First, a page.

Join me this month for stories of our time here in a small German village where we’re visiting with my mom. I’m experimenting with straight journal-style blogging as a ‘post-a-day’ challenge. Thanks for reading, Bill
December 16, 2017
We drove back to Germany through the Black Forest for a more scenic route, though the weather looked uncertain. The drive is only a few hours from Colmar to Besigheim, where my mom lives—and the plan was to return for a night and then head back to Colmar on Sunday with the rest of the family in the back seat. Dawn and I had such a good time we wanted the same for our kids and my mom.
But the skies and landscape were so bleak, it reminded me of the first time I drove across France, the gap between what the romantic mind perceives/expects and the reality, once discovered: here, the distant hills were mostly covered in dark clouds and rain squalls, and the farms stripped down to mud, bundles of hay wrapped like marshmallows—no real color to speak of, but for the green and brown. We settled in for a long drive, setting towns as waypoints in the navigator, heading in a NE direction starting at Freiburg im Breisgau.
But just outside of Freiburg the road began to climb, and quickly the rain changed to snow and started to stick, and the road narrowed with signs in German we didn’t understand but suggested “take caution,” and Dawn and I had to laugh, a nervous laugh: something was starting to smell, a burning smell, and I imagined the floorboards in the car were getting hot, and so we hurried to Freudenstadt, not far from the autobahn: there we could forgo all scenery and grab the 81 to Stuttgart.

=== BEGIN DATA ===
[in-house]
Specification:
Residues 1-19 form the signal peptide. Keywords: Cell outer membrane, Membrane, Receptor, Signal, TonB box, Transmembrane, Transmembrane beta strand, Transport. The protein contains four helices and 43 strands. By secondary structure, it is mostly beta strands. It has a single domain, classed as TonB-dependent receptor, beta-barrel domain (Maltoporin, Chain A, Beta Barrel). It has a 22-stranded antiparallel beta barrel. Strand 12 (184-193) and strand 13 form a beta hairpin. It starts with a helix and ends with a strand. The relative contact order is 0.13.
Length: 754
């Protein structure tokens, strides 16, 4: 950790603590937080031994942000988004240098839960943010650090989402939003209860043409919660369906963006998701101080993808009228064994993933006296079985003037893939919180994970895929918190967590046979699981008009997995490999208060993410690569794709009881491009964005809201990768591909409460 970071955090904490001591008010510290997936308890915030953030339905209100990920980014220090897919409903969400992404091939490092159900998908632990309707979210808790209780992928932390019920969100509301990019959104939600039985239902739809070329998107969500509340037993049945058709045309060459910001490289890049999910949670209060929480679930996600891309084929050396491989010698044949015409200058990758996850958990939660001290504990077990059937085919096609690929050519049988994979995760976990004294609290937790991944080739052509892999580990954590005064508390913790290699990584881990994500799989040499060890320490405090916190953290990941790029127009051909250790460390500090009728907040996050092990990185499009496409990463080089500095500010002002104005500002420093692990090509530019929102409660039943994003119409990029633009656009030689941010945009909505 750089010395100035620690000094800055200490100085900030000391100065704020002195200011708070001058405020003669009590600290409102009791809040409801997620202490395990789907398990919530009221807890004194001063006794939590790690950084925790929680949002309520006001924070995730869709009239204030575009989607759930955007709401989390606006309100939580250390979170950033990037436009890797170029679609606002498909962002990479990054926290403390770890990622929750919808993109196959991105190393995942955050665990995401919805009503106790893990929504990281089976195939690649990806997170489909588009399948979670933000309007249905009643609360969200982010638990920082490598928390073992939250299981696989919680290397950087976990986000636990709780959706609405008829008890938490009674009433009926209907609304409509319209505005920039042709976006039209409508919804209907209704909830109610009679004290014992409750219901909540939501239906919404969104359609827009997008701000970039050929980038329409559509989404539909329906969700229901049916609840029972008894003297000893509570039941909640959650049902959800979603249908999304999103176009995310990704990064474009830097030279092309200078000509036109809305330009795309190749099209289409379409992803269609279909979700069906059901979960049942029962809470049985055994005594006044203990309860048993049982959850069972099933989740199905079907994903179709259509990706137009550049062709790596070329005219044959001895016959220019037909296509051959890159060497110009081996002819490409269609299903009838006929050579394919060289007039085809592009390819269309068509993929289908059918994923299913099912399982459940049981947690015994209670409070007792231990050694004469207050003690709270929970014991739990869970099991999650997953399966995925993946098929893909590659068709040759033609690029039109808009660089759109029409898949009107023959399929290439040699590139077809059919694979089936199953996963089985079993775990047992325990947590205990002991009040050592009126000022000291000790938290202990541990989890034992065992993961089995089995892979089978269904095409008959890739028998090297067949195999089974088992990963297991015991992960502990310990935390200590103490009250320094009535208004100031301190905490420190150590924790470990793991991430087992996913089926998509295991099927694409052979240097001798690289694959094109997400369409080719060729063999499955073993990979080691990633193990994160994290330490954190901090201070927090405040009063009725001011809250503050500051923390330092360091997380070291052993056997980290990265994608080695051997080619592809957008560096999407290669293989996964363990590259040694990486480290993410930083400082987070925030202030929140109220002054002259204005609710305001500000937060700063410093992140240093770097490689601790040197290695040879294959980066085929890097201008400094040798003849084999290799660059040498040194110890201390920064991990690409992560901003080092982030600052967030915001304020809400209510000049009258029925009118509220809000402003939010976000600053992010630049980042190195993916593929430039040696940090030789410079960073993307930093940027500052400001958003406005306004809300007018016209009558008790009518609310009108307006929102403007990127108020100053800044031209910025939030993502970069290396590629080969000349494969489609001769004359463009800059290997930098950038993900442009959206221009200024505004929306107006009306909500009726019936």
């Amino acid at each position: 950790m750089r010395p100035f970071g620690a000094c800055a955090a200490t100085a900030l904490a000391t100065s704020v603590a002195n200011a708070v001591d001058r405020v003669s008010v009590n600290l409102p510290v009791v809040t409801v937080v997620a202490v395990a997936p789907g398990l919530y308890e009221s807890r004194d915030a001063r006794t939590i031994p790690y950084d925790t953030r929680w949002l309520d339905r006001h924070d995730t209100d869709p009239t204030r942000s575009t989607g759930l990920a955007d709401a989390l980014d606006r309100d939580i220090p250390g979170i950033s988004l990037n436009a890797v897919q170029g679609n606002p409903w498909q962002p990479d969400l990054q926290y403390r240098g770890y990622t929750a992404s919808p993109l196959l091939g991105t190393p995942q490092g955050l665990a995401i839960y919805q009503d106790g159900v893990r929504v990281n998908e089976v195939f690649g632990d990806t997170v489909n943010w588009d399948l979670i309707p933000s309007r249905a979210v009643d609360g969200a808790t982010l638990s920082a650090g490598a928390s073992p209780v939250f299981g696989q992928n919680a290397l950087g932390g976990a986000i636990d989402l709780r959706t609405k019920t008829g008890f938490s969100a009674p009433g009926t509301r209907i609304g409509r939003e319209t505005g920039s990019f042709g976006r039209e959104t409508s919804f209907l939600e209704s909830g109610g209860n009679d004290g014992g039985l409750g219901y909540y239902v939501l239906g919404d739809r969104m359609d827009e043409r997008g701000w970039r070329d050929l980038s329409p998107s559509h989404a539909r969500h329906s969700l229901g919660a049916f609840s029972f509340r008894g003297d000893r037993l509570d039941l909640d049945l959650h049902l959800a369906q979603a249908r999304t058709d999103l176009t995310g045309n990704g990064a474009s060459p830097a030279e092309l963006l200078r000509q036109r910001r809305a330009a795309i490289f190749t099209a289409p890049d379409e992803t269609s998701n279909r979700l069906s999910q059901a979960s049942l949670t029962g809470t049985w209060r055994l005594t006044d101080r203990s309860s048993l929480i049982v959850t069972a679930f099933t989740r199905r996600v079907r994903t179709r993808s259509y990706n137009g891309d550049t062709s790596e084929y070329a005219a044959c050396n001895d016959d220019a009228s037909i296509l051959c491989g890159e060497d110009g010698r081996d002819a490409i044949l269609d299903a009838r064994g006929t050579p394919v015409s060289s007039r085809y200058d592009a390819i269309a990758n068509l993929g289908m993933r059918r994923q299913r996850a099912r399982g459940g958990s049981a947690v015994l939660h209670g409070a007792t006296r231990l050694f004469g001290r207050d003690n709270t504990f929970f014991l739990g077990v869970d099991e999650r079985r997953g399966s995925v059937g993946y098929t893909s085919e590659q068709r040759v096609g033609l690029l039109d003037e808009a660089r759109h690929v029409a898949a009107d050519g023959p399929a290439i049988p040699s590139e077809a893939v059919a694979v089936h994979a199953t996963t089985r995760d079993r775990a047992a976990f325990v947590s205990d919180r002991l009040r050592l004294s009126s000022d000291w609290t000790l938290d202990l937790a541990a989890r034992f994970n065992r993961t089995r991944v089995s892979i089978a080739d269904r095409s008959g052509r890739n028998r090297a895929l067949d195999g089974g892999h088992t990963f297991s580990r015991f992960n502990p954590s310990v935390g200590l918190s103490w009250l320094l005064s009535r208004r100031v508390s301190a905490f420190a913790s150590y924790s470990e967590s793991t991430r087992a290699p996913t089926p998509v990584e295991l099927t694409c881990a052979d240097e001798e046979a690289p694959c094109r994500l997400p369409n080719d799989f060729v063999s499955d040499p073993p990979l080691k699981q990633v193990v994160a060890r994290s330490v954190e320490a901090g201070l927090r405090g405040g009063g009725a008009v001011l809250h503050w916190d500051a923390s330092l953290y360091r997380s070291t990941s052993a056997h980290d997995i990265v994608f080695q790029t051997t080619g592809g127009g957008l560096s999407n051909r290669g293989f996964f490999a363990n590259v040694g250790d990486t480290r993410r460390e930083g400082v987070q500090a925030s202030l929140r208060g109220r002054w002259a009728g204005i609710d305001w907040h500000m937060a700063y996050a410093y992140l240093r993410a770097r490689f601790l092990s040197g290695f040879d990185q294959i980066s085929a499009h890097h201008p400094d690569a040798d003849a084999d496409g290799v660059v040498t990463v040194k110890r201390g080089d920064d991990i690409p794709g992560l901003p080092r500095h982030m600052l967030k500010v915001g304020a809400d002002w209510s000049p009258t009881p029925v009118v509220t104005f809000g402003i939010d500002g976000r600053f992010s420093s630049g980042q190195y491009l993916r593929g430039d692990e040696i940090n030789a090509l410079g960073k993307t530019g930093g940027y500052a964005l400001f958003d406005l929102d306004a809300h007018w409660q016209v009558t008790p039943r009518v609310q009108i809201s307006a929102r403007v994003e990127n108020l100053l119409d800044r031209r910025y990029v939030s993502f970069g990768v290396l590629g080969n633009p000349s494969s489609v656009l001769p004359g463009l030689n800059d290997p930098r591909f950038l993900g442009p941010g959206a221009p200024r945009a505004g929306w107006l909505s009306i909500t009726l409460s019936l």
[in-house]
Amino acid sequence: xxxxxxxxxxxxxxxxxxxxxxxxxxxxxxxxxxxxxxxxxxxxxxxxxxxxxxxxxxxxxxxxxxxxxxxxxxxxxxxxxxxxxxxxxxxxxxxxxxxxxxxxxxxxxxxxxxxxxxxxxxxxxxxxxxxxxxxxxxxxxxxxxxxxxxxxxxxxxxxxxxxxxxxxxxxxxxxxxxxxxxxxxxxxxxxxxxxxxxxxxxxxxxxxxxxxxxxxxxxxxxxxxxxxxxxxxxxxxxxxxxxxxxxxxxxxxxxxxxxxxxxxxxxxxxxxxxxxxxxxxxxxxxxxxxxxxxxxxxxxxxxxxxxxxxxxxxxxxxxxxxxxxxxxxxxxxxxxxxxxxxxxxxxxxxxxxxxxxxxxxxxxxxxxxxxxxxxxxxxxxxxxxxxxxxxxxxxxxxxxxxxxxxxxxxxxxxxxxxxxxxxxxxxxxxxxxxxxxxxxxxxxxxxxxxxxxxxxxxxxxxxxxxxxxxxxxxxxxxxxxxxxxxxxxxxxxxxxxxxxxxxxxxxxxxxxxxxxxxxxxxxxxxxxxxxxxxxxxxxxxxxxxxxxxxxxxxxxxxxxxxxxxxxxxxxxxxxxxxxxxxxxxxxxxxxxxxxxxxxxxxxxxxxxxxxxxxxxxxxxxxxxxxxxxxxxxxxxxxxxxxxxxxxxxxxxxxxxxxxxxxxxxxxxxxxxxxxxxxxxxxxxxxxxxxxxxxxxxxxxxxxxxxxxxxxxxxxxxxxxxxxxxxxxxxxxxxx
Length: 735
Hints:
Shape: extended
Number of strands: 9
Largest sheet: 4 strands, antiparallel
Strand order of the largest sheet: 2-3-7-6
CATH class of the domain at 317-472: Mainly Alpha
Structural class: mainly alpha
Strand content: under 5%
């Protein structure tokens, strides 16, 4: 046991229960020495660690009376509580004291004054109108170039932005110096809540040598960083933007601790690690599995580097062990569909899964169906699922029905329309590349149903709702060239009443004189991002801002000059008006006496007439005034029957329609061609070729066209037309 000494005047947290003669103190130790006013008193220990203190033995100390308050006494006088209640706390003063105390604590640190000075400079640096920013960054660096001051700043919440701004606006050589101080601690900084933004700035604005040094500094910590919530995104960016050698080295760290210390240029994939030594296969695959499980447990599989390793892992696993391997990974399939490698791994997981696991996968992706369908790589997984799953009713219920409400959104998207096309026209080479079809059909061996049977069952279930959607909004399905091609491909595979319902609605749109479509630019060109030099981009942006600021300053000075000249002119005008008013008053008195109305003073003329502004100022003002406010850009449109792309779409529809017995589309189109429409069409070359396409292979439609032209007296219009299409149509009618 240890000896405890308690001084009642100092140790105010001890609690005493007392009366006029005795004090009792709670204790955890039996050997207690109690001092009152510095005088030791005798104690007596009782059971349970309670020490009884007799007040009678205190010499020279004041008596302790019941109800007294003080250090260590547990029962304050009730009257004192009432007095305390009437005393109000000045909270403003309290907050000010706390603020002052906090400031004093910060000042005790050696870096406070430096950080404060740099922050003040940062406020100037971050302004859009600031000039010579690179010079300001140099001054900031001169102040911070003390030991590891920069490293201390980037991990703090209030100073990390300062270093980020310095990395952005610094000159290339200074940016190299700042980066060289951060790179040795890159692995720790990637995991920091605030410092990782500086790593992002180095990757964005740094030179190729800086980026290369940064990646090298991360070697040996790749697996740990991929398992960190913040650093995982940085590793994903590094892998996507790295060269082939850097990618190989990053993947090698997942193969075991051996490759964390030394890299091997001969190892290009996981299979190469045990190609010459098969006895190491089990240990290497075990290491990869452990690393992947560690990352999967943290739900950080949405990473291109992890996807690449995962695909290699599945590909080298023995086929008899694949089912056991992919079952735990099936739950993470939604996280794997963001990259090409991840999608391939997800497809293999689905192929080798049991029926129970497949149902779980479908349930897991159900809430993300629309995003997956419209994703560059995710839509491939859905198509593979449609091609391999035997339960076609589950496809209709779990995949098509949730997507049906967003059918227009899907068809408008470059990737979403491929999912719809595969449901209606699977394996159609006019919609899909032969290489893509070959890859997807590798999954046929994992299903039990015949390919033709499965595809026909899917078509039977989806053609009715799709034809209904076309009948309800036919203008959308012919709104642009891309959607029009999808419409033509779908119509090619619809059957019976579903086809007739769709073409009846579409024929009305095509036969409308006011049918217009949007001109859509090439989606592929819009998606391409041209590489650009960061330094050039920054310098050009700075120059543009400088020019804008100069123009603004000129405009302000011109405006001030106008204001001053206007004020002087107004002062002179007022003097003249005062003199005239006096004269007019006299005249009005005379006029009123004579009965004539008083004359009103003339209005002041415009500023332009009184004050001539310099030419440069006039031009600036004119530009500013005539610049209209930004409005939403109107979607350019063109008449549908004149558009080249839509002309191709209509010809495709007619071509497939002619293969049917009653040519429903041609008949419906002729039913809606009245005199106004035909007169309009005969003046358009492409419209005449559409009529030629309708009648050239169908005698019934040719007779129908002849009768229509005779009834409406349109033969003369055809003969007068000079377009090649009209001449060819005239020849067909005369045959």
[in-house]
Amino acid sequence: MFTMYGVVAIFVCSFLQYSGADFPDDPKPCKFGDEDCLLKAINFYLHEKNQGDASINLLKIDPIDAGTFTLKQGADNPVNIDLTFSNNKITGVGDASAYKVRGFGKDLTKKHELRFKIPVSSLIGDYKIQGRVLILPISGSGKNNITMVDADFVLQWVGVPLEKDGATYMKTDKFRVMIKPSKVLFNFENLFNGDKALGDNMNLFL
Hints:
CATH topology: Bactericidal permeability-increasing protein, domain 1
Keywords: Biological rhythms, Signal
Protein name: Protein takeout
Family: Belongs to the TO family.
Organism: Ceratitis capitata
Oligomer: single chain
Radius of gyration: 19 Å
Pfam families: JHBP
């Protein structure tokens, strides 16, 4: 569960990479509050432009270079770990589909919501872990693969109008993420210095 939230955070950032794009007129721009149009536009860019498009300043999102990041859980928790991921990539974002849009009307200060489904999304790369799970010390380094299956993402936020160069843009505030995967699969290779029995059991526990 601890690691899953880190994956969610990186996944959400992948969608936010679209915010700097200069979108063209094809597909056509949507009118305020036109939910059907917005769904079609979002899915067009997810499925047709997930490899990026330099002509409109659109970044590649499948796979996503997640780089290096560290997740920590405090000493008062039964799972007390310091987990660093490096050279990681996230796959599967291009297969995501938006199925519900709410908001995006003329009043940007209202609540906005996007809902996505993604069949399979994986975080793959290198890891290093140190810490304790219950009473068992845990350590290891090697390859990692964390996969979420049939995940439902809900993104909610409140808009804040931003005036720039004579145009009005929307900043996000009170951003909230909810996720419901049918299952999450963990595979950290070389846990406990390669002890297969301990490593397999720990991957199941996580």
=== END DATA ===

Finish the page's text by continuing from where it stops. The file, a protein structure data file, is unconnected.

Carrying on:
By the time we got to Freudenstadt it was almost three hours and we both needed a toilet, and I was starting to hate Steely Dan. There was a Christmas market on; we found a restaurant in an old hotel where they seated us in the back, ordered lunch and sat back, said isn’t this nice. I got a maultaschen in beef broth, a glass of beer—Dawn, smoked cod on toast with horseradish—and we had playful exchanges with our waitress in broken, bumbling Deutsch.
The navigator said we had another hour and 45 minutes to Besigheim, and Dawn took the wheel: I tried to get art shots through the car window with my phone, how the snow/filtered sun looked over the farms, as the views opened north.
When we got home I left the box with gifts in the car to hide them: Dawn and I had a good run of gift-buying at the shops in Colmar that sell nice, handmade things like warm socks, table linens, candies and chocolates…a real mash-up of Viennese/French/German they call Alsatian. All the shop owners said Merry Christmas and smiled, wrapped our things in colored bags with ribbon.
On our last night in the apartment Dawn said it reminded her of our time in the UK, having to dry our laundry on the radiators—and the trickling sound they make as they heat. Many times I opened the window on our top floor and looked down over the streets, the tourists by the canals with their cameras—the distant hills where I imagined the rain turning to snow…half a croissant on the window ledge the cleaning lady left for a bird…and how the days run away like wild horses over the hills.